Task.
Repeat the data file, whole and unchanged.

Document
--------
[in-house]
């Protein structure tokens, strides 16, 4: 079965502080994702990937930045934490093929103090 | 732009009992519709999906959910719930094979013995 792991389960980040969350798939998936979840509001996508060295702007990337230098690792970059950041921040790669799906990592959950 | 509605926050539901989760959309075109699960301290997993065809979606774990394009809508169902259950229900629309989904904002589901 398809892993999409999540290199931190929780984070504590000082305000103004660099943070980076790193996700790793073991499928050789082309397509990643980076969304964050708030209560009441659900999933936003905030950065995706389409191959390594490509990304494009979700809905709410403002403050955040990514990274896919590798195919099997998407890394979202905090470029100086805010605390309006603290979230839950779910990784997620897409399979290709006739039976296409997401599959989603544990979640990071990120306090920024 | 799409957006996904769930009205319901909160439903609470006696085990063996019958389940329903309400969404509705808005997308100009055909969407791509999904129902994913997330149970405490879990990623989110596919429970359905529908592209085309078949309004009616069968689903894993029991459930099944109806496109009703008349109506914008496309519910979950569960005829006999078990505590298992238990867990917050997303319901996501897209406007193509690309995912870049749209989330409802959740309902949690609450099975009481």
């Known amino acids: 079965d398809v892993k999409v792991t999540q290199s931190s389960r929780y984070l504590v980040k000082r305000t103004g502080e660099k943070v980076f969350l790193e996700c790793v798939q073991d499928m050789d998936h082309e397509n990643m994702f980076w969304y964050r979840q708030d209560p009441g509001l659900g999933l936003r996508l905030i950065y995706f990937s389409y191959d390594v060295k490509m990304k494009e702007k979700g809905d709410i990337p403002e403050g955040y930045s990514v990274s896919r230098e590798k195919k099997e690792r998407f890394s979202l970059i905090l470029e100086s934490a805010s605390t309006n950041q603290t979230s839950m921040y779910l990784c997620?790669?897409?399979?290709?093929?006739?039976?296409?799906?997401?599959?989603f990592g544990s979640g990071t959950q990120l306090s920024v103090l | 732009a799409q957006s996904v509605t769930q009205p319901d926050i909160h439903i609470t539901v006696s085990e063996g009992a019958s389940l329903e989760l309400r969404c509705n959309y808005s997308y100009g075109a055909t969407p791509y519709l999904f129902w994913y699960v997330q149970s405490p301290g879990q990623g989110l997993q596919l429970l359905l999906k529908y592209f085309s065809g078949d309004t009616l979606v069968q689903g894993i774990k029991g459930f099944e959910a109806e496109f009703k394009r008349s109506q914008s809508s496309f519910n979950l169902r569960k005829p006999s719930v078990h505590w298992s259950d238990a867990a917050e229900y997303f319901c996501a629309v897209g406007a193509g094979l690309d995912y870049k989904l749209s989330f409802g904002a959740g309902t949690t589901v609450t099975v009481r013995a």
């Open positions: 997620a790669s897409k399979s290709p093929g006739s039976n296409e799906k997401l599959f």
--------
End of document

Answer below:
[in-house]
């Protein structure tokens, strides 16, 4: 079965502080994702990937930045934490093929103090 | 732009009992519709999906959910719930094979013995 792991389960980040969350798939998936979840509001996508060295702007990337230098690792970059950041921040790669799906990592959950 | 509605926050539901989760959309075109699960301290997993065809979606774990394009809508169902259950229900629309989904904002589901 398809892993999409999540290199931190929780984070504590000082305000103004660099943070980076790193996700790793073991499928050789082309397509990643980076969304964050708030209560009441659900999933936003905030950065995706389409191959390594490509990304494009979700809905709410403002403050955040990514990274896919590798195919099997998407890394979202905090470029100086805010605390309006603290979230839950779910990784997620897409399979290709006739039976296409997401599959989603544990979640990071990120306090920024 | 799409957006996904769930009205319901909160439903609470006696085990063996019958389940329903309400969404509705808005997308100009055909969407791509999904129902994913997330149970405490879990990623989110596919429970359905529908592209085309078949309004009616069968689903894993029991459930099944109806496109009703008349109506914008496309519910979950569960005829006999078990505590298992238990867990917050997303319901996501897209406007193509690309995912870049749209989330409802959740309902949690609450099975009481």
């Known amino acids: 079965d398809v892993k999409v792991t999540q290199s931190s389960r929780y984070l504590v980040k000082r305000t103004g502080e660099k943070v980076f969350l790193e996700c790793v798939q073991d499928m050789d998936h082309e397509n990643m994702f980076w969304y964050r979840q708030d209560p009441g509001l659900g999933l936003r996508l905030i950065y995706f990937s389409y191959d390594v060295k490509m990304k494009e702007k979700g809905d709410i990337p403002e403050g955040y930045s990514v990274s896919r230098e590798k195919k099997e690792r998407f890394s979202l970059i905090l470029e100086s934490a805010s605390t309006n950041q603290t979230s839950m921040y779910l990784c997620?790669?897409?399979?290709?093929?006739?039976?296409?799906?997401?599959?989603f990592g544990s979640g990071t959950q990120l306090s920024v103090l | 732009a799409q957006s996904v509605t769930q009205p319901d926050i909160h439903i609470t539901v006696s085990e063996g009992a019958s389940l329903e989760l309400r969404c509705n959309y808005s997308y100009g075109a055909t969407p791509y519709l999904f129902w994913y699960v997330q149970s405490p301290g879990q990623g989110l997993q596919l429970l359905l999906k529908y592209f085309s065809g078949d309004t009616l979606v069968q689903g894993i774990k029991g459930f099944e959910a109806e496109f009703k394009r008349s109506q914008s809508s496309f519910n979950l169902r569960k005829p006999s719930v078990h505590w298992s259950d238990a867990a917050e229900y997303f319901c996501a629309v897209g406007a193509g094979l690309d995912y870049k989904l749209s989330f409802g904002a959740g309902t949690t589901v609450t099975v009481r013995a």
């Open positions: 997620a790669s897409k399979s290709p093929g006739s039976n296409e799906k997401l599959f």